Huntingdon County Coronavirus Court Orders

PLEASE NOTE:  The Huntingdon County Court of Common Pleas and all Magisterial District Judge offices are closed to the public due to the ongoing Judicial Emergency which has been extended to May 30, 2020. The Court is still staffed and accepting filings and conducting hearings through audio and video platforms. For the filing of documents and hearing procedures, please refer to the Administrative Orders attached above.

You may contact the court offices via email at or by phone at 814-643-5078.

Public hearings may be viewed live at:

Welcome to the Huntingdon County Court of Common Pleas public livestream.  Public access to the courts is an important Constitutional right, and in an effort to enable the continued exercise of that right during the COVID-19 judicial emergency, we have developed this site.  Please note that the right of access is not absolute; certain proceedings are confidential, in whole or in part, due to the nature of the parties or information involved (e.g., most cases involving minors or the disclosure of sensitive personal financial information).  Proceedings may be designated confidential generally by rule, or specifically by the Court.  Confidential proceedings are closed to the public, and will not be available for viewing on this site.   

Non-confidential proceedings will be livestreamed here as they occur.  Please note that they will not be available for replay, as they are not video recorded.  All proceedings are being recorded by the Court Reporter, and transcripts may be requested as with any other proceeding.  Just as with any physical courtroom in Pennsylvania, it is a crime to use any device to record (audio or video) or take photographs of the proceedings broadcast on this site, per 18 Pa. C.S. § 5103.1.  Violations are punishable by a sentence of up to two years in prison and a fine of up to $5,000 for the first offense.  All reports of recording will be investigated and, if proven, prosecuted. 

PA Unified Judicial System Coronavirus Information ( )

Statement from the Court on Custody Exchanges During the Judicial Emergency

The Governor’s shelter-in-place order provides an exception for court orders, and the Administrative Office of Pennsylvania Courts has advised that court orders, including custody orders, should be followed during the Judicial Emergency.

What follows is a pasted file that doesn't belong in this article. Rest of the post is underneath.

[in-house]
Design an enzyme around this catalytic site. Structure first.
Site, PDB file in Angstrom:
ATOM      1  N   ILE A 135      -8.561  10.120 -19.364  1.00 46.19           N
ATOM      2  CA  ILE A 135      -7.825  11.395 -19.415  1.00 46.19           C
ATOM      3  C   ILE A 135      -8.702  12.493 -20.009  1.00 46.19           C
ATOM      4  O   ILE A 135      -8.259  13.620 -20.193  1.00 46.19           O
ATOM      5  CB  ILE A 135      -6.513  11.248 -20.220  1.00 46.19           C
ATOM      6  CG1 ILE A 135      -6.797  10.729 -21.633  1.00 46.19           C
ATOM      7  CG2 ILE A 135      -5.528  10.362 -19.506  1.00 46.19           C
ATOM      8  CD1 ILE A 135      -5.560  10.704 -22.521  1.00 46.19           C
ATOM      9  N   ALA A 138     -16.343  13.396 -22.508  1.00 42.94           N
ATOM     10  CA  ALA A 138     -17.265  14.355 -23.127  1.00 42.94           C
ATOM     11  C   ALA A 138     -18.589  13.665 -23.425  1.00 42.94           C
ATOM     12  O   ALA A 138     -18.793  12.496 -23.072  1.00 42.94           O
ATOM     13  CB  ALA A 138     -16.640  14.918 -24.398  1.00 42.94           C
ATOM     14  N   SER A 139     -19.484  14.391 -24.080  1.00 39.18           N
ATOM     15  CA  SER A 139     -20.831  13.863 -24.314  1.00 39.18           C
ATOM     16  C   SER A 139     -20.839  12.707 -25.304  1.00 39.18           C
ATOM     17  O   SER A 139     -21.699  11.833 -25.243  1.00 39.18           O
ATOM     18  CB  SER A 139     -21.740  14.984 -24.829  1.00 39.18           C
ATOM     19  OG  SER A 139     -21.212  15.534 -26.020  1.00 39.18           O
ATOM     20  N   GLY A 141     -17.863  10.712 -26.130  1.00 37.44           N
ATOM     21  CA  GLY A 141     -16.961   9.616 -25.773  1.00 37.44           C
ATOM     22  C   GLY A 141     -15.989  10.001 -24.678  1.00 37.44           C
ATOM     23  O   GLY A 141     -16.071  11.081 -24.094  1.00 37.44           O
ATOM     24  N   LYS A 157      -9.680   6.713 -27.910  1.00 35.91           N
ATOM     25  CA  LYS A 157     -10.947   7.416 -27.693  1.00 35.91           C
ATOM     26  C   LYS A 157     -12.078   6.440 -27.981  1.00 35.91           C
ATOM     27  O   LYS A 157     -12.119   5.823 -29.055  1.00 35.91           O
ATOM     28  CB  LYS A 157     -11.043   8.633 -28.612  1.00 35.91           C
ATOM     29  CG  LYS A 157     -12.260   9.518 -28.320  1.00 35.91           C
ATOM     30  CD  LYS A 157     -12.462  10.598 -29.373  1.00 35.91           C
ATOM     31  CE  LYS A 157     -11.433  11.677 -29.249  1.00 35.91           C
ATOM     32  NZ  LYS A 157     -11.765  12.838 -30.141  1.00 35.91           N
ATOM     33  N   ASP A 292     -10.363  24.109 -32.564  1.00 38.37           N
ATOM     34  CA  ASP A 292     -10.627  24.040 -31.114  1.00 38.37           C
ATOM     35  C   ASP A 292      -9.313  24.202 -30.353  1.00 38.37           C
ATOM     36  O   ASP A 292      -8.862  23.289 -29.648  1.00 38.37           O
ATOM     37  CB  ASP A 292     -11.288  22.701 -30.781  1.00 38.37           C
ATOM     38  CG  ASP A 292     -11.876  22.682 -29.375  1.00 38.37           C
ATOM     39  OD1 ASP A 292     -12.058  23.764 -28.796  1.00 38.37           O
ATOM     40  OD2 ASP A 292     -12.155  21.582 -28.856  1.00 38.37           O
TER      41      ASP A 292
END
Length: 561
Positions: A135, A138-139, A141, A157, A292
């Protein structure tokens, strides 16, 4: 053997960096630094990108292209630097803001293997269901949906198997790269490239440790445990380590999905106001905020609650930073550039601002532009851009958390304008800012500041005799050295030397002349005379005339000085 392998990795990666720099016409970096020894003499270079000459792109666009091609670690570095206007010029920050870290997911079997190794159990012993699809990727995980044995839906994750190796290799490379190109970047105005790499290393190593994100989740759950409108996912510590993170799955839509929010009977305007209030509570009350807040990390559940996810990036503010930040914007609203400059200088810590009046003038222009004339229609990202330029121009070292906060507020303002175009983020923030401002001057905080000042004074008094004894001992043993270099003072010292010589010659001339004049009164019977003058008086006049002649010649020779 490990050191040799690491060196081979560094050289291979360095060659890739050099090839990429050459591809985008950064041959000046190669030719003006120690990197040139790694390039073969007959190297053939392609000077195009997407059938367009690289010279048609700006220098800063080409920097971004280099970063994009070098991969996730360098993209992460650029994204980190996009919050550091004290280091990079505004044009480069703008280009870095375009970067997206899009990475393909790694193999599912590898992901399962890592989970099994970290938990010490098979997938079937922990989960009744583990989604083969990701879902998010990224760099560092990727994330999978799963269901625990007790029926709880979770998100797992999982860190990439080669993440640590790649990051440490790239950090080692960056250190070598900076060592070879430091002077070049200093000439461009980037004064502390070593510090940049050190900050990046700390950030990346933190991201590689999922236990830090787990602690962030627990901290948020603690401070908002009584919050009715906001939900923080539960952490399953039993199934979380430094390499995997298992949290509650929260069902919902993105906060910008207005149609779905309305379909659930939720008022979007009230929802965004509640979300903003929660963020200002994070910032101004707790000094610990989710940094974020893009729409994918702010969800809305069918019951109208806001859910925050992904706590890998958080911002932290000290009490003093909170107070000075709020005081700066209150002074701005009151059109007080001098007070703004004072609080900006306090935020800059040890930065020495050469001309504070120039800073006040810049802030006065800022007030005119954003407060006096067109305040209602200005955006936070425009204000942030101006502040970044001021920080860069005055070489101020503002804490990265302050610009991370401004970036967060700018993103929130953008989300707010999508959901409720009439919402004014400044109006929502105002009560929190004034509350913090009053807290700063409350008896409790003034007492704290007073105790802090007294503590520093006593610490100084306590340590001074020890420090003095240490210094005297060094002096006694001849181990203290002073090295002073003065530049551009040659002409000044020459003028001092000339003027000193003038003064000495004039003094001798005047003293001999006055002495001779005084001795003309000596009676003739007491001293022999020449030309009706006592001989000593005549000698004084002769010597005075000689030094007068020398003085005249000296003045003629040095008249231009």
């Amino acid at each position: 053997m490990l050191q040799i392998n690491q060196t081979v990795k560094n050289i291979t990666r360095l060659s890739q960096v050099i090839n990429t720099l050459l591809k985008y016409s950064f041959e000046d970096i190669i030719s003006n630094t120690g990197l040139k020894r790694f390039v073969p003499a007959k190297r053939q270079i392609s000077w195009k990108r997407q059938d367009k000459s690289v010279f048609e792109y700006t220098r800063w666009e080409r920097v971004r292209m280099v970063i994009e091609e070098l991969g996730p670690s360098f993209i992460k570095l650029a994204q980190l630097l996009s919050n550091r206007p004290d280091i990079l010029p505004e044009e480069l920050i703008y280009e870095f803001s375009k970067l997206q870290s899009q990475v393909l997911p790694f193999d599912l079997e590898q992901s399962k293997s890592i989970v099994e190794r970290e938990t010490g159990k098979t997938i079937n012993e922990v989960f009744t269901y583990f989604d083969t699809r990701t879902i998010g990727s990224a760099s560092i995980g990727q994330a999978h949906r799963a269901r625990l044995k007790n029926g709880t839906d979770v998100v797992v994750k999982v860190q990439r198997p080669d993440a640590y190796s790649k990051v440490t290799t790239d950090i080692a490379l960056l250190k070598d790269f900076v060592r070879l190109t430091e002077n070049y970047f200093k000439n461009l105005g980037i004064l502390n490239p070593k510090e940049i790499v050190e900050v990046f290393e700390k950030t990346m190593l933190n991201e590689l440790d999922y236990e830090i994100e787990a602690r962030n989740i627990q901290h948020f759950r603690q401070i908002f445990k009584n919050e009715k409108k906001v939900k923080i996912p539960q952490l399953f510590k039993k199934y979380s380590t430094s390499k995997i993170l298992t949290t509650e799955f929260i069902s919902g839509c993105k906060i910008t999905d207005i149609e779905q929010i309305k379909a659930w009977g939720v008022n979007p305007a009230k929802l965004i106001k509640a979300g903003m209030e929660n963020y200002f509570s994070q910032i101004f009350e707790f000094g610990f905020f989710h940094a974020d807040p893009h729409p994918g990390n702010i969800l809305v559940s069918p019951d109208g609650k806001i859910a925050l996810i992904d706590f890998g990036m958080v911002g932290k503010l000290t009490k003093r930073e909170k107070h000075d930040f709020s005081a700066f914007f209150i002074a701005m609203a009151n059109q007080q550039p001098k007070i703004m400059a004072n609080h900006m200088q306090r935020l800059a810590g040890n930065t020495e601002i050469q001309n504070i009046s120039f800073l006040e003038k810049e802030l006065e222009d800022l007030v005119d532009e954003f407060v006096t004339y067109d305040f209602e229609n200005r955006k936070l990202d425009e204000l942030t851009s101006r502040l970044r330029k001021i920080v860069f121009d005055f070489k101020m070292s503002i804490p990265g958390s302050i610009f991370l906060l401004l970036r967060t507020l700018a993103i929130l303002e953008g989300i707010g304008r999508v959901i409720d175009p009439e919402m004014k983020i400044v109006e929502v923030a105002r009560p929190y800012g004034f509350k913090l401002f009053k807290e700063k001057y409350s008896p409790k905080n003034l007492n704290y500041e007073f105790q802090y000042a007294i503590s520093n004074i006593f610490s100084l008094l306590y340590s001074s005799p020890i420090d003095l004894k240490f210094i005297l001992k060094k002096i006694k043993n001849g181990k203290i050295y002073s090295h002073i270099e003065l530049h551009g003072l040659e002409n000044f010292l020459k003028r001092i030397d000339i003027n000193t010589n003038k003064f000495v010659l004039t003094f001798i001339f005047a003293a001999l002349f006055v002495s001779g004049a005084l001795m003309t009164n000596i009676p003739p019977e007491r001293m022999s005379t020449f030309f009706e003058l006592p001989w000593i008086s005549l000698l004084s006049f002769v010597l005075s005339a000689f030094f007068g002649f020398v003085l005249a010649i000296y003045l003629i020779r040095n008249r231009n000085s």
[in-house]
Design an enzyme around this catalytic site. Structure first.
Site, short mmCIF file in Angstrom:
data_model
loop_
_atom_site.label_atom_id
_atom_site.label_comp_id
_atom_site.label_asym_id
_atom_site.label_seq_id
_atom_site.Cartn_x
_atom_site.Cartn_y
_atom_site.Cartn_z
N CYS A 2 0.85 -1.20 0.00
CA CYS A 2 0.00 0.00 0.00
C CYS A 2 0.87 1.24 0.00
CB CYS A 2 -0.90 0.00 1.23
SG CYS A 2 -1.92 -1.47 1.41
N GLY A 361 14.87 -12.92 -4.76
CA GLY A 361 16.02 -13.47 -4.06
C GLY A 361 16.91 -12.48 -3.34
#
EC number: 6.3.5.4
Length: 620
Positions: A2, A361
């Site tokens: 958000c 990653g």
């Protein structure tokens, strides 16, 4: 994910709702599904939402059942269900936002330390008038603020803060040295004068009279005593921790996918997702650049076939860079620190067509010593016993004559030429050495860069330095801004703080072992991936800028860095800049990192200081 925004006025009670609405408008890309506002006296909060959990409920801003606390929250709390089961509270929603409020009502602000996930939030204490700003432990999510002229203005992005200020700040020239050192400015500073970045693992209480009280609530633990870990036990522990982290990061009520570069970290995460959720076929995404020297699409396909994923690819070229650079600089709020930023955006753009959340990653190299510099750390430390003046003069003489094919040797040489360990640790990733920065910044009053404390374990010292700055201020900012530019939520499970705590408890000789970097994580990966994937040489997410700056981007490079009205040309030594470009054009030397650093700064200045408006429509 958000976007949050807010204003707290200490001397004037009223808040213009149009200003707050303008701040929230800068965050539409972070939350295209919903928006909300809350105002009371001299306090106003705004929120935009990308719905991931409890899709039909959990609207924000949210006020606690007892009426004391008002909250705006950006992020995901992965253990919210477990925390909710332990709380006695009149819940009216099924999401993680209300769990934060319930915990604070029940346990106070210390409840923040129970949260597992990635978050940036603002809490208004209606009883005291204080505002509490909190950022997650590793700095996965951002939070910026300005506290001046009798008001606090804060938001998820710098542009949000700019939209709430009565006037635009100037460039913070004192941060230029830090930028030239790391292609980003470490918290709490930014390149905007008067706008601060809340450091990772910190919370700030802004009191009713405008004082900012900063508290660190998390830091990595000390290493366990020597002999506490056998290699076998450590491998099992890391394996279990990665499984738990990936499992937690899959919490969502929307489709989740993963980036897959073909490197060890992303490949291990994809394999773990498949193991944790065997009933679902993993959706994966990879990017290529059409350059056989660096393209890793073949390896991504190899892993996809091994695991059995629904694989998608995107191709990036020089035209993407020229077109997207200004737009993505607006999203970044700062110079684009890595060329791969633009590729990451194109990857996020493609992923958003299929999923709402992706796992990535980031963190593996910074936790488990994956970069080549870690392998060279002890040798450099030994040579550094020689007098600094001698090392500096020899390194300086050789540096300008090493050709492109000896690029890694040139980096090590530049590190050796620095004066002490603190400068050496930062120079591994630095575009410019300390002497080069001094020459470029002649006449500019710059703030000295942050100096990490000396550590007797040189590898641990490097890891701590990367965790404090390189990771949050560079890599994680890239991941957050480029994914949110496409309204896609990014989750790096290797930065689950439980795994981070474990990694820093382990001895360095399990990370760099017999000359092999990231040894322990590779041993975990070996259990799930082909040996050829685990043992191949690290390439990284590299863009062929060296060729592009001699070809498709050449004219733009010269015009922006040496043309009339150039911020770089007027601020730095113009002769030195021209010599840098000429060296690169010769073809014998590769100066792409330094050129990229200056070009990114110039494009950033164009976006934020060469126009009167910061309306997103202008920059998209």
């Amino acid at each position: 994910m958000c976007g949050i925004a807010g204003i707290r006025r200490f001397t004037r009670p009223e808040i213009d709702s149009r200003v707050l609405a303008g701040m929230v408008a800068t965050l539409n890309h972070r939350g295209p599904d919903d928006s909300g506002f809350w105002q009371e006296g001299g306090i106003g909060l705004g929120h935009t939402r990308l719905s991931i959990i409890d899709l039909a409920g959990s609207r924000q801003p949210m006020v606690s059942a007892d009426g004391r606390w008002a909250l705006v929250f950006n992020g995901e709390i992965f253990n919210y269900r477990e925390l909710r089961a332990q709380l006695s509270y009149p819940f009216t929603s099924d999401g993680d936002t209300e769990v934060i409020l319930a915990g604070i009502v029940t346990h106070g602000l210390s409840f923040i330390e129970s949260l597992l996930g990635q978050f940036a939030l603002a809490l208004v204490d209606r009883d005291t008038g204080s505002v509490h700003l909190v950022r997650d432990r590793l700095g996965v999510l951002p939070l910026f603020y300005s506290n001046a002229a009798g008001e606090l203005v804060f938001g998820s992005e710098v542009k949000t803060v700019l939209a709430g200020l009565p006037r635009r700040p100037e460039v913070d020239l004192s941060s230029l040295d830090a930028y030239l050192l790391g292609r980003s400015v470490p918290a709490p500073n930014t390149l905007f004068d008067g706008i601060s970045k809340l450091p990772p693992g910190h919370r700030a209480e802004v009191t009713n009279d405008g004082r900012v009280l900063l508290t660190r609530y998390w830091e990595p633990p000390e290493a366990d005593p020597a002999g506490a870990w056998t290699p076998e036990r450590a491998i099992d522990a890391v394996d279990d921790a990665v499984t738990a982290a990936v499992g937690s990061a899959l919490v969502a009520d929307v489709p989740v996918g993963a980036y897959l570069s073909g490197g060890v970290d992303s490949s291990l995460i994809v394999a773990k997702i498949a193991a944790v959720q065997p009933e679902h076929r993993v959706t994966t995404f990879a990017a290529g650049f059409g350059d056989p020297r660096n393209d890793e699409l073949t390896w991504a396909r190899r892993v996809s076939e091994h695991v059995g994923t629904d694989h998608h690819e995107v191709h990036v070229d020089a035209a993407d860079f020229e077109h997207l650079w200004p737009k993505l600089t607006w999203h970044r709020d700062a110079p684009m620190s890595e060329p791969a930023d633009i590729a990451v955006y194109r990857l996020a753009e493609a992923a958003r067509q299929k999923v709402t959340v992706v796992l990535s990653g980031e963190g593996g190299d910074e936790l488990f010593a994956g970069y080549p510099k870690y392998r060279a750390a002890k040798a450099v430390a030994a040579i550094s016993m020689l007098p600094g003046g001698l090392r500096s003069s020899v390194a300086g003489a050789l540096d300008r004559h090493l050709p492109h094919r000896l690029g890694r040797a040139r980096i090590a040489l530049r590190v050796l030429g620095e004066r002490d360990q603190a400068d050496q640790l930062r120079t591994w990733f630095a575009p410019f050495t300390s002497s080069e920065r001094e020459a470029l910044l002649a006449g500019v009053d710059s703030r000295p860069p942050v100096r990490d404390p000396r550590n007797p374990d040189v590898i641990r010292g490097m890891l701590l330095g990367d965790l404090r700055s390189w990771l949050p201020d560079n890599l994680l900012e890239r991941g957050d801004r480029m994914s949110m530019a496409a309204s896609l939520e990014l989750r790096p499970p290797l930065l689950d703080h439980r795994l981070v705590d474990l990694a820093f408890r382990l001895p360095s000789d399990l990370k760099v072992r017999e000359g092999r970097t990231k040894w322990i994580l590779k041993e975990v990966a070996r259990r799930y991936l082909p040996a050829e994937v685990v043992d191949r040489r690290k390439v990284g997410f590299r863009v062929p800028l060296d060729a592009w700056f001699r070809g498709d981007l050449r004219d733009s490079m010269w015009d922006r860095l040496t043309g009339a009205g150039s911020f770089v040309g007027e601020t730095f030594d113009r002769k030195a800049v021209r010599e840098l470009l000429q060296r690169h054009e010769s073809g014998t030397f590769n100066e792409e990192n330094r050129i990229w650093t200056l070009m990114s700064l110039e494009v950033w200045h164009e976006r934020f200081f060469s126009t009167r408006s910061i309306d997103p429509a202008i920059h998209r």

As such, any custody order entered by a court shall still be followed, and all custody exchanges shall take place unless a petition to modify custody is granted by the Court.

Visitors Please Note: If you need language assistance please email

Huntingdon County was established on the 20th day of September 1787. It had been created out of Bedford County, which in turn had been part of Cumberland County. Land taken from Huntingdon County to form parts of Centre and Cambria Counties reduced the size of Huntingdon County, and on February 26, 1846, with the creation of Blair County from a portion of Huntingdon County, the present boundaries of the County were established.

Since the creation of the County, there have been three courthouses. The first Huntingdon County Court House was completed in 1797 and was located in the middle of Third Street on the south side of Penn Street in Huntingdon Borough. After outgrowing this structure and site, a second Court House was erected in 1842 on the site of the present structure, Penn Street between Second and Third Streets. The present Court House was designed by M.E. Beebe of Buffalo, New York in a French Renaissance style. The structure was completed in 1883, with major renovations occurring in the 1930’s, a new clock tower, and 1972, addition of office space to the west side of the building and general remodeling to the entire building.


Judges in the Commonwealth of Pennsylvania are prohibited by the judicial rules of ethics from discussing cases with members of the public. Please do not contact the chambers of judges to ask questions about cases, to discuss cases or to comment on cases. Judges and their staffs are unable to respond to such communications. Judges are also prohibited from reading e-mails or letters regarding cases. In addition, court personnel are prohibited from giving legal advice. All court filings must be made through the Prothonotary’s Office.